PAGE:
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Paramjeet Singh, The Founder Of Gianis Ice Creams


Apr 3, 2005
The cool feel of money

When Paramjeet Singh, the 50-year-old second-generation owner of Gianis entered the business some two decades ago, his father let him in on a trade secret.

“He told me, never lose touch with Delhi’s middle class, the aam aadmi. He said when the going gets tough, always go for what the middle class prefers,” Singh says while talking about the year-long economic downturn. “How handy that advice proved to be.”

Gianis, Delhi’s very own ice-cream maker, is expanding fast. Over the past month alone, it has expanded its chain of stores across the city from 13 to 25, defying a credit crunch and general gloom in the market, and leaving its competitors guessing.

In doing so, Gianis has, in its own small way, contributed its bit to keeping the country’s economic growth engine chugging at a healthy pace.

And that one advice 20 years ago from the founder, late Giani Gurcharan Singh, helped it develop a business model that is his son says, is “downturn-proof”.

But Singh didn’t want to take any chances. Armed with an overdraft from a nationalised bank, he devised a pricing policy, which allows middle class families of four to have a nice treat for less than Rs 100.

“We serve either good old recipes or new flavours served with our old goodwill — and all are dirt-cheap,” Singh lets out his secret. “We play the volumes game.” This alone won half the battle for him.

Amid the usual new-age items, like gelatos, fruit creams and smoothies on his menu, Singh has given the pride of place to decades-old money-spinners like the rabri falluda without touching the recipe.

The launch of big name American brands or the presence of multinationals in India hasn’t affected his prospects one bit. On the contrary, he has grown from strength to strength despite them.

“Ice cream always was the most inexpensive fun outing option for families. During an economic downturn, it helps to keep it that way,” he says amid a sea of customers standing on the footpath devouring Gianis delicacies at his oldest outlet in Fatehpuri in the Walled City. “You know, people have ice cream even when they are down, to lift their spirits.”

Gianis’s deep connect with Delhi’s sweet tooth goes back a long way. And it began at the Walled City, around 60 years ago.

In the early 1950s, Gyani Gurcharan Singh, a traditional sweetmeat maker in the then Layallpur (Faislabad), Pakistan, migrated to Delhi.

He took a small space in Fatehpuri and set up his old business, naming it Giani di Hatti (Giani’s shop). And his rabri falluda was an instant success.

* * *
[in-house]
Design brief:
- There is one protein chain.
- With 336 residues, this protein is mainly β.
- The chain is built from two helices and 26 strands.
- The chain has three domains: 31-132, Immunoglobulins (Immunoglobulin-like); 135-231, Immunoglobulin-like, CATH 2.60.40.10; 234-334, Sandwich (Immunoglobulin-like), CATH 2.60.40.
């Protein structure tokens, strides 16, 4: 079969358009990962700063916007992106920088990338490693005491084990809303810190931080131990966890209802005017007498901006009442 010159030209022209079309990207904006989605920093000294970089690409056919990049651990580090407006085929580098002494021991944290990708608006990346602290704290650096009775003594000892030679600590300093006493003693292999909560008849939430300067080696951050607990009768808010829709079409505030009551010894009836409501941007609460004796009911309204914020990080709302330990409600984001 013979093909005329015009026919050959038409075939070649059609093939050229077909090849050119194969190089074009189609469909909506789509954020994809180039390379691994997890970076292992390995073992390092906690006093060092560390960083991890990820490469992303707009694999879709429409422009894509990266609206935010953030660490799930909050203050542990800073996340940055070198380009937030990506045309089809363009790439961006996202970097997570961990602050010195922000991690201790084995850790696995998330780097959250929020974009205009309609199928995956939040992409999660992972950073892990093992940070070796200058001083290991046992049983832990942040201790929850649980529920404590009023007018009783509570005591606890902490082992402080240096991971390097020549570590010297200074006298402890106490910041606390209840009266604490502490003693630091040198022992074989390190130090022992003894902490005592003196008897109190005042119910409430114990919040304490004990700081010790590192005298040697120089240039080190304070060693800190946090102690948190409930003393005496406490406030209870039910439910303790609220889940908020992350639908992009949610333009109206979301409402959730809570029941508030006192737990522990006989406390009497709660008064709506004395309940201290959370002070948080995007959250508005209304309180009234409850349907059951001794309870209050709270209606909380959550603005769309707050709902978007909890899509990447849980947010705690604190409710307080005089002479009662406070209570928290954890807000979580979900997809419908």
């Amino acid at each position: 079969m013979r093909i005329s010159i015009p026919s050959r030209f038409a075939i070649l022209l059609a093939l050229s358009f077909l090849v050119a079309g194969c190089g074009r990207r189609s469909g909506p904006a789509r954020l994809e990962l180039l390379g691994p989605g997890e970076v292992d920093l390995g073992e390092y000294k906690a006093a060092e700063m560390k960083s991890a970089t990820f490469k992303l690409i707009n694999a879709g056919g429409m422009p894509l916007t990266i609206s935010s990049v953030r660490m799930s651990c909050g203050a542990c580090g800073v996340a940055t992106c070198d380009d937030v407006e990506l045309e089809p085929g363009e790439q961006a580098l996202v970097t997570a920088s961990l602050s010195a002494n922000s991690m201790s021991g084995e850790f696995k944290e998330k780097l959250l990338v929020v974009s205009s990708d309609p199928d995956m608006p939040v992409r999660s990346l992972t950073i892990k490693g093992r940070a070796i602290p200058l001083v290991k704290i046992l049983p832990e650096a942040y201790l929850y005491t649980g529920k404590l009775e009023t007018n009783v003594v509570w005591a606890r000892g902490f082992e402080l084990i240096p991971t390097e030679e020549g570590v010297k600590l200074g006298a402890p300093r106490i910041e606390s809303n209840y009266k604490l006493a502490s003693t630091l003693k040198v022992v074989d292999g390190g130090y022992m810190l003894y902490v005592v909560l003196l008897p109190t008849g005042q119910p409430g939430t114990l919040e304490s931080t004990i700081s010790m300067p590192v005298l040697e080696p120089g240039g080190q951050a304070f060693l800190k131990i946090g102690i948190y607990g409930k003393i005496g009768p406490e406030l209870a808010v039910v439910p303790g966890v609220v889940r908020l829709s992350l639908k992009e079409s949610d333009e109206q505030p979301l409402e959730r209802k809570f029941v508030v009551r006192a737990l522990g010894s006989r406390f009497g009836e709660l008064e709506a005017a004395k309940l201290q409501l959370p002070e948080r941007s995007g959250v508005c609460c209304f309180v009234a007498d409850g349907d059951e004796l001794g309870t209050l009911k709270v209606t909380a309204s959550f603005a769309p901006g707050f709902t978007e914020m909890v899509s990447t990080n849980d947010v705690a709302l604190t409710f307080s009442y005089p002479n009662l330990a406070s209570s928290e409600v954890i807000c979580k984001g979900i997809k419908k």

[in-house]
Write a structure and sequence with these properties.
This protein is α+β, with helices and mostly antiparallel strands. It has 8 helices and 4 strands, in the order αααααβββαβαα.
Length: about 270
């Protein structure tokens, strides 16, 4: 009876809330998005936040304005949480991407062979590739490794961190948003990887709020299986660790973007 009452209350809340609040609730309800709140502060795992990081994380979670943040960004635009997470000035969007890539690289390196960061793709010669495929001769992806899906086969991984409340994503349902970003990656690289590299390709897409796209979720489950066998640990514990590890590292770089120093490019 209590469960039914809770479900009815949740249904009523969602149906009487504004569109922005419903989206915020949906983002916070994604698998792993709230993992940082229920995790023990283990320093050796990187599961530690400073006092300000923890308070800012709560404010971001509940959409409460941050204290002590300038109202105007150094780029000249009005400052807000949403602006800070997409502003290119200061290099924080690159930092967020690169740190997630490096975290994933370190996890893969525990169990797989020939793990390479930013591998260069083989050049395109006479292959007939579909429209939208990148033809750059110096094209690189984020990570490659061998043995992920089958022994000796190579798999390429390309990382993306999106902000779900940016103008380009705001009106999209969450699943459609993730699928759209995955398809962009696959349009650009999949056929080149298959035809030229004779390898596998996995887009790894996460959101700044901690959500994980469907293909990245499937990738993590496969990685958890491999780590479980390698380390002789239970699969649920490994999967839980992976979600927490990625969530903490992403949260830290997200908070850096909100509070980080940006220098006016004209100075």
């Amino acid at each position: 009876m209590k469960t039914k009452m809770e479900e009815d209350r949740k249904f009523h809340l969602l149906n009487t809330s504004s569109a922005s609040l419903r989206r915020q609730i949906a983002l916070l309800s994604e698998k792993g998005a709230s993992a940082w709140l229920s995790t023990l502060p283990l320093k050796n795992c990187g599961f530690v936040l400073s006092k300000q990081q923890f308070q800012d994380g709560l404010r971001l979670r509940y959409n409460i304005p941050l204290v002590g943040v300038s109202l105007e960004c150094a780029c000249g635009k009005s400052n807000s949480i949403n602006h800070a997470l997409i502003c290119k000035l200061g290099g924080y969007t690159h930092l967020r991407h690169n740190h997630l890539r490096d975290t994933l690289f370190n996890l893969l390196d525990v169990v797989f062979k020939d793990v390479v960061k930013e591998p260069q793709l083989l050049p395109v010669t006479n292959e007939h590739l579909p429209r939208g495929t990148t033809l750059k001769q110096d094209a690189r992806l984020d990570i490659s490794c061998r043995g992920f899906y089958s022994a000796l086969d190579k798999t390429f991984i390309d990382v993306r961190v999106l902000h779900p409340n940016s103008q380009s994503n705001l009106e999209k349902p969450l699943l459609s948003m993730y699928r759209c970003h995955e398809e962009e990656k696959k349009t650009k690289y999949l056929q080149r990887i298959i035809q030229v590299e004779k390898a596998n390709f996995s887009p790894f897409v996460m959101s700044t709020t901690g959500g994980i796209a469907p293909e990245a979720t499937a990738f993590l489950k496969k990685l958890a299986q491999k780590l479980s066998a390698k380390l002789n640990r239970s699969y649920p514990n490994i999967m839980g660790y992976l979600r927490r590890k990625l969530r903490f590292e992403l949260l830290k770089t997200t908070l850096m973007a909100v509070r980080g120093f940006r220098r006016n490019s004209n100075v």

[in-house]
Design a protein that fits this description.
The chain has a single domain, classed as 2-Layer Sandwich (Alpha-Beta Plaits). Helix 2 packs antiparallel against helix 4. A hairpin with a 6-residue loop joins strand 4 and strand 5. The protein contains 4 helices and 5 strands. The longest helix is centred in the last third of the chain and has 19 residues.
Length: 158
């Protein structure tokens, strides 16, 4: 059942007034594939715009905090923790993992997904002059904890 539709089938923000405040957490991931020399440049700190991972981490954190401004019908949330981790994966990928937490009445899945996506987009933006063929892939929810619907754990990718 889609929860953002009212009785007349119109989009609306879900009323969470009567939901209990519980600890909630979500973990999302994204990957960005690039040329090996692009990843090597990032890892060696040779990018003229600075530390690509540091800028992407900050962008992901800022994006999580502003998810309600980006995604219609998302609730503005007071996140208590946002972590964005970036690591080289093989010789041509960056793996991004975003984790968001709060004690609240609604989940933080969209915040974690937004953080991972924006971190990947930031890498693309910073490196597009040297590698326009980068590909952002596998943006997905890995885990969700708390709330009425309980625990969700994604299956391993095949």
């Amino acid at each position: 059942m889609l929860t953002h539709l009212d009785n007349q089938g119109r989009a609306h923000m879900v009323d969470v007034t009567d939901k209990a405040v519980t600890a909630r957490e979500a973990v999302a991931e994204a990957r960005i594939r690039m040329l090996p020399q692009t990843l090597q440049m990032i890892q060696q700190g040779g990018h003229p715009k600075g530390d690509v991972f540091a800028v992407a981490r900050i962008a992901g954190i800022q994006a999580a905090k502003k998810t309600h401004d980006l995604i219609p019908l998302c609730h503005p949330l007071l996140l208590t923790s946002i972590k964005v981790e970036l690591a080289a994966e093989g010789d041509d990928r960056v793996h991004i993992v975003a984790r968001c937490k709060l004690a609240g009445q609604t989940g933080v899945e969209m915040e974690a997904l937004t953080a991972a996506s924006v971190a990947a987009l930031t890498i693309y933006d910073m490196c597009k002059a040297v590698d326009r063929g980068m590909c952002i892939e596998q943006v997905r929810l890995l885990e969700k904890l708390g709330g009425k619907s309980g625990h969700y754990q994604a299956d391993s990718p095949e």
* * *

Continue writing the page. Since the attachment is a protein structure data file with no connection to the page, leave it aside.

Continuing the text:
When Paramjeet, “a simple

graduate”, joined the business, he wanted to take it to the next level but didn’t know how.

So he travelled the world.

In Italy (“the best ice-cream makers”) he along with brother Amarpreet learned the skills of making traditional gelato. And in the U.S. (“world’s biggest ice-cream market”), Singh saw how ice cream could be a mass product without compromising quality.

They wanted to combine the two.

“We bought two imported machines to introduce ice cream at our shop, which was till then selling only falluda items,” he says.

“So in ’89, we were the first to take world-class ice cream to the masses. Until then, an average Delhiite had not even eaten products made of crushed ice.”

In 1999, Gianis opened the first branch outside Walled City. Sometime later, families broke apart, dividing the right to use the “Giani” brand name.

The growing popularity was evident as local spin-offs with names like Gian’s, Gunjan, Ginias etc kept Singh’s lawyers busy. “Everyone wanted a piece of our goodwill.”

Gurpreet Singh, Paramjeet’s son, an MBA from Leeds, started the second wave of the modernisation two years ago.

“My job is to retain what my father has built and add to it if I can,” he says.

So, at new outlets in glitzy malls and elsewhere, Gianis has a new avatar. The uniformed staffs speak in English; the packaging is on a par with the best industry standards, and the decor at certain places reminds of Haagen-Dazs in New York.

The market, too, has changed.

The middle class, perhaps, has more lifestyle aspirations now than before. Paramjeet is even thinking of exporting packed rabri falluda to London and the US.

“Now is the age of sugar-free ice-creams, fat-free sweets etc. Also, with winters becoming hotter each year, we feel like having ice-creams throughout the year,” says Sukhbir Oberoi (46), a resident of Rajouri Garden, who grew up on Gianis products.

“They have adapted with the change beautifully.”

What has not changed is the Singhs’ loyalty to that one invaluable advice from the grand old man two decades back.

Standing at the maddeningly crowded spice market in Khari Baoli full of traders, stockists and suppliers, Giani di Hatti does brisk business all day. It has none of the style and ambience of the new outlets, but has quality ice creams at the cheapest rates.

“We have seen many ups and downs,” says Satish Sharma, the oldest manager of the business in the Walled City. The Singhs call him muneemji.

“But as long as Delhiites have a sweet tooth, no downturn can affect us.”


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